Belinda Buckley with the latest from the front of the Clipper fleet aboard Western Australia
Position37 02S/101 40E
Distance to finish755 nm
Distance to leader (Durban)89nm
We’re in the final furlong – well 800 miles actually – of the rough and ready leg that is the Southern Ocean. Indeed, we’re hoping to get to Australia in time for a full weekend in Fremantle. And how excited is the crew of WA? The prospect of seeing family and friends and having a good Aussie Crissie under the sun, means that most can hardly contain themselves.
Conversations about the race invariably turn into discussions and droolings about which meals in which restaurants and which beers in which bars are to be enjoyed in the homeland. Not that we have eaten badly on this leg. Quite the contrary: our media guests think we eat like kings (nice victualling combined with an expedition style animal carcass). Then this is topped by Roberto’s galley talents, quite how we are going to cope without him for the rest of the race is beyond me.
Bizarrely, we seem to be eating less than we did on the race to Durban, probably because we have seen less heavy weather than on that leg and than we expected. But now there is a bit of panic eating going on, as we know that Australian customs will strip us of any food they don’t want being brought into the country and this seems to be all of the food groups we have left to eat. Oh well, at least we won’t be looking scrawny when we dock in Freo.
Life onboard is business as usual, and much drier than we expected. But one of the heads gave up the ghost yesterday – we think it couldn’t cope with all the extra people and good food they were eating. This undermining force is eclipsed, however, by our biggest enemy – chafe. And, my, have we had our share of that in the Southern Ocean. Chafe at sea is like a parasite within a racing yacht – it eats into everything and nothing is immune from it. It spreads down wind like wildfire: spinnaker halyards, guy ropes, peeling strops – every line, it seems, is infected and weakened by it. We do our utmost to prevent it taking root with widespread prophylactic use of hose piping and gaffer tape, but still we seem to be endlessly hot knifing, whipping and repairing lines.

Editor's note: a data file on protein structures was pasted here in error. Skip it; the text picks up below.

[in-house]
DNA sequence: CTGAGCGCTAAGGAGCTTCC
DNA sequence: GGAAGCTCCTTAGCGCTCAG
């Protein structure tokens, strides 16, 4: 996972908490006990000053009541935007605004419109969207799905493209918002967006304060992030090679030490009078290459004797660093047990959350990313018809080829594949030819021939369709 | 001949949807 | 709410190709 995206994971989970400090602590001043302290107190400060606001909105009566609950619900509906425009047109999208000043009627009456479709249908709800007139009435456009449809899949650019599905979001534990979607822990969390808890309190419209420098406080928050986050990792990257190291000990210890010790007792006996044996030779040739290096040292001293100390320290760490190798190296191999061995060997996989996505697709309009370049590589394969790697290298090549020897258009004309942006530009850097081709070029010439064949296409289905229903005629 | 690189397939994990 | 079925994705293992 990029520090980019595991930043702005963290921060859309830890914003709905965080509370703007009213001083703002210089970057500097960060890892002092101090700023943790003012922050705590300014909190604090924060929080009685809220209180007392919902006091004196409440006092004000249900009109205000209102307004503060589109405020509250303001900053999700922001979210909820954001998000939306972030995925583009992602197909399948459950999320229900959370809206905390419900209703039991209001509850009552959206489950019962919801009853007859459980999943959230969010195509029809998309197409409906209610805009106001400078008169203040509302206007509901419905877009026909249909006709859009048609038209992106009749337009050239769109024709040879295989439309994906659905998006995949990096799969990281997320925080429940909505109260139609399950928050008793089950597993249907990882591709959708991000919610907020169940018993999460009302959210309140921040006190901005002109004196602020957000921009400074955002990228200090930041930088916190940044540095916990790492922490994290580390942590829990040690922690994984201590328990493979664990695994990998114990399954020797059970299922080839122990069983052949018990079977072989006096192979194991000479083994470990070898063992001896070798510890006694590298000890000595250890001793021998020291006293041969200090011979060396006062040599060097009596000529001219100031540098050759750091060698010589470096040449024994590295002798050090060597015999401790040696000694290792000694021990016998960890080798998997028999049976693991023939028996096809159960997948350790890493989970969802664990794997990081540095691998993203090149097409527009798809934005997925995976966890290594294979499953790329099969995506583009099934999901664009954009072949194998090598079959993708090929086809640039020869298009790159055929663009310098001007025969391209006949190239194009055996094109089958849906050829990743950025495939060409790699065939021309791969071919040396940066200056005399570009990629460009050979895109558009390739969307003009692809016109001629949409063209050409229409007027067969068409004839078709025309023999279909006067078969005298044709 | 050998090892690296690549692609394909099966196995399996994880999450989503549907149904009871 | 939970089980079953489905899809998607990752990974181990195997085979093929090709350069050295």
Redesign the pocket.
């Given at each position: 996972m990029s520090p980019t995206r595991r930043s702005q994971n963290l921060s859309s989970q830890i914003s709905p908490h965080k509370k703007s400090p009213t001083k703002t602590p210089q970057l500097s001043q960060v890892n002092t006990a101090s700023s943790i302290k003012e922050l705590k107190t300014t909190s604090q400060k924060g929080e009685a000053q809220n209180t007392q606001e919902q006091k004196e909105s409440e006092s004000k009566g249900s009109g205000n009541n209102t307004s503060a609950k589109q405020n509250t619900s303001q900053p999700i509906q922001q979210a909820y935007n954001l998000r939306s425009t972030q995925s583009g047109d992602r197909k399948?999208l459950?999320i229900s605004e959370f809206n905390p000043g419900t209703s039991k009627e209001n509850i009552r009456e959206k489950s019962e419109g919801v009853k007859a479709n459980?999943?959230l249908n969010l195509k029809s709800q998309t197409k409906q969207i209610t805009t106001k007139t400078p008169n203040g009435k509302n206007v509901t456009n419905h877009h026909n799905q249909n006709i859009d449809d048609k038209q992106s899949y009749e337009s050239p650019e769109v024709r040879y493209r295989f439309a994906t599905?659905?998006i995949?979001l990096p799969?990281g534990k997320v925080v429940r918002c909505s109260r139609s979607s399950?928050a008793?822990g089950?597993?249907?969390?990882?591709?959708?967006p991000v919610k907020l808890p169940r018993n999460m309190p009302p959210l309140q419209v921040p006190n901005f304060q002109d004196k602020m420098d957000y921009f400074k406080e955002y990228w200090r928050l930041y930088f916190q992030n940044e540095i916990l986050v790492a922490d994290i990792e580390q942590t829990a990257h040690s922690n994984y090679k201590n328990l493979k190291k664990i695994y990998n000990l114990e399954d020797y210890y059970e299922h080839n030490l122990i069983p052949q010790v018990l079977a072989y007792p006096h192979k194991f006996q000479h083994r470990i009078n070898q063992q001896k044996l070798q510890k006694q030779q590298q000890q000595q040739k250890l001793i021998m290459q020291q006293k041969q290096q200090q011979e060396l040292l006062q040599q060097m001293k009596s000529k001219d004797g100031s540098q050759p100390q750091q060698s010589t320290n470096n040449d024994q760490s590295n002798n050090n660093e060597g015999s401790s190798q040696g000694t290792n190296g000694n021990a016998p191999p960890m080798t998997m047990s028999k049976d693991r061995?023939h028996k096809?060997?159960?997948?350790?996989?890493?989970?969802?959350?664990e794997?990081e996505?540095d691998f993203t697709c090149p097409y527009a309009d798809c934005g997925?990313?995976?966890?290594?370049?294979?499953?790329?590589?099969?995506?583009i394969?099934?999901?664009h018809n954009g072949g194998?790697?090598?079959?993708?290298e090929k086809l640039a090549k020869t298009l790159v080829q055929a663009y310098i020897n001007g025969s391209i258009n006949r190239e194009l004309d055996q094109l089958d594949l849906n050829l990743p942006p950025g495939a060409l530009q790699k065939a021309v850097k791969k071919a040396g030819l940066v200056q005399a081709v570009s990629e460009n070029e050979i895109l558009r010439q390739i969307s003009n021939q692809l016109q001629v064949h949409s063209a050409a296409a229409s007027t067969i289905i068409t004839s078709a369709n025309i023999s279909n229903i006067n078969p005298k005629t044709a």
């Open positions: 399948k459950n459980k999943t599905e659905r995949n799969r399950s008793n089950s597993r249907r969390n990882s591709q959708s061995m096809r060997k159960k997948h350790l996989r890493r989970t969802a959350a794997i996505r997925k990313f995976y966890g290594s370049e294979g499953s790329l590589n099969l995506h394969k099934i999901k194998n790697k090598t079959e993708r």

In social news, our dear diarist had her birthday. The WA crew very sweetly sung her Happy Birthday on deck, after planting our mascot, Ninu the stuffed bilby, in her bunk, made her a cake and she wore her Birthday Girl crown practically all day. Bouncing around on the chilly, inky blue Southern Indian Ocean is a pretty unusual place to have a birthday, but with a crew like this one around you, it’s a pretty special moment. Even a local Bryde’s whale popped up to wish her many happy returns.
Getting back to the wildlife we have seen, there is some debate onboard as to the species of dolphin that we saw last week. Having found the Pirate’s ‘field guide to sharks, whales and dolphins of Southern Africa’, we are now thinking that the jumping trio we clocked were young Risso’s dolphins, but then they could be Heaviside’s or even Dusky dolphins, as the drawings in the book don’t quite correlate to what we saw.
Apart from these, a few whales and lots of birds, that’s all the fauna we’ve seen of the Southern Ocean. So we are definitely looking forward to approaching land again and looking at all the marine beasts that live around the continental shelf.
Right now we are concentrating on the drag race around the Great Circle to Rottnest Island that is well and truly on across the fleet. Everyone is very keen to get to Australia, get the Southern Ocean under their belt and get on with a bit of festive R&R. This is an unusual way to spend Advent, but it sure is a memorable one.
Bring on the Land of Oz.